Europe and Central Asia

Dixförda Gravel pits – the most important roosting sites for Whooper Swans in Germany

 

Background

The Dixförda pits are used for extraction of sand and gravel. One of the lakes is no longer mined and has turned into a very important wetland habitat for migratory birds. It is one of the largest non-coastal roosting sites for Whooper Swans (Cygnus cygnus) in Europe with up to 1120 individuals recorded.
 
Location : Saxony-Anhalt, Germany
Size : ~300 ha
Mineral type : Gravel and sand
Habitat(s) created : Lakes and wetland vegetation, agricultural areas
Target species : Whooper Swan, water birds
Protected areas : IBA and Natura 2000 site (SPA): Glücksburger Heide, Natura 2000 sites (SCI): Schweinitzer Fließ, Korgscher and Steinsdorfer Busch, Kuhlache und Elsteraue near Jessen and Semi-natural wetlands around Annaburger Heide in SE Jessen
Organisations : Heidelberger Sand und Kies GmbH and NABU group Wittenberg
 

Why is this project needed?

NABU and Heidelberg Sand und Kies GmbH have joined forces to explore the reasons why the Whoopers have chosen Dixförda as their roosting site. Is it the good combination of a relatively undisturbed wetland surrounded by abundant grazing areas in the agricultural landscape? How do the swans use the lake and the surrounding area? What movements they make, where do they feed and where do they come from? What are the conditions that need to be maintained in the future at this gravel pit to support the birds?
 

Project objectives

• Monitor the number of Whooper swans in the gravel pits in different periods and find out their movements and origin.
• Study the behaviour of the swans and their use of the habitats in the gravel pits and wider area using satellite transmitters.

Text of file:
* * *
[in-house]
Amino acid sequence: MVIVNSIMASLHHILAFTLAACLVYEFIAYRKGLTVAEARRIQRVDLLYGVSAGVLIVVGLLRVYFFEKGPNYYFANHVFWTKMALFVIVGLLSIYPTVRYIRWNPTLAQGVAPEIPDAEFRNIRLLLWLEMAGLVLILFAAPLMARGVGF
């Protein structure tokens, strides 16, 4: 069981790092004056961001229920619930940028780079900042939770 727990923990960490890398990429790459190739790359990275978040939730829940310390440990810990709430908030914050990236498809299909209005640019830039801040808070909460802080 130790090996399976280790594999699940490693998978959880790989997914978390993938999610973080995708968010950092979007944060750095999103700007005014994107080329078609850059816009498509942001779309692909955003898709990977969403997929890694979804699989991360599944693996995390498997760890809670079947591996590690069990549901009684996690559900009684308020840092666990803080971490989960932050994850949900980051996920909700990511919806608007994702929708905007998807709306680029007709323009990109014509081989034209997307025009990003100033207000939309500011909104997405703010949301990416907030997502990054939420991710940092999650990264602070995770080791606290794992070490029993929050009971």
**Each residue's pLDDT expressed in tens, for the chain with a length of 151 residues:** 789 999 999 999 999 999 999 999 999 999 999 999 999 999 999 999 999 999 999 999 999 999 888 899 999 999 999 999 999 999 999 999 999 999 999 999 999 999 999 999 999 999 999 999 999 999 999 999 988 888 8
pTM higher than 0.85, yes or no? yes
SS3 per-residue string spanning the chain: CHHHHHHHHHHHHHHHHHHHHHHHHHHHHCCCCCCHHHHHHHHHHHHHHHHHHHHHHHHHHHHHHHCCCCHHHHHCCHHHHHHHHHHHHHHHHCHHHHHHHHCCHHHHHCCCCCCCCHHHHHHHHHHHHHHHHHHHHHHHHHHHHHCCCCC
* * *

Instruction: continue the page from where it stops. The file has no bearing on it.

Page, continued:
• Support the implementation of environmental education activities at the quarry.

What are the specific ecological needs of the species that the gravel pits meet? What is the basis for these favourable conditions to exist in the long term? Is there any specific management actions required to maintain or enhance them? Beside the gravel pits, what else causes the concentration of wintering swans in the region?

 

Public benefits

The project brings together the efforts of several organisations such as:
• NABU – the nature conservation organisation acting locally, organising local excursions, meetings, education and PR activities.
• Ornithological Institute of Hiddensee and Helgoland - carrying out scientific research on migratory birds, they ring and study Whooper Swans and produce scientific publications.
• Ornithological association of Saxony-Anhalt e.V. (OSA e.V.) - monitoring and conservation activities, publish results in magazines, local newspapers, etc.

 

 


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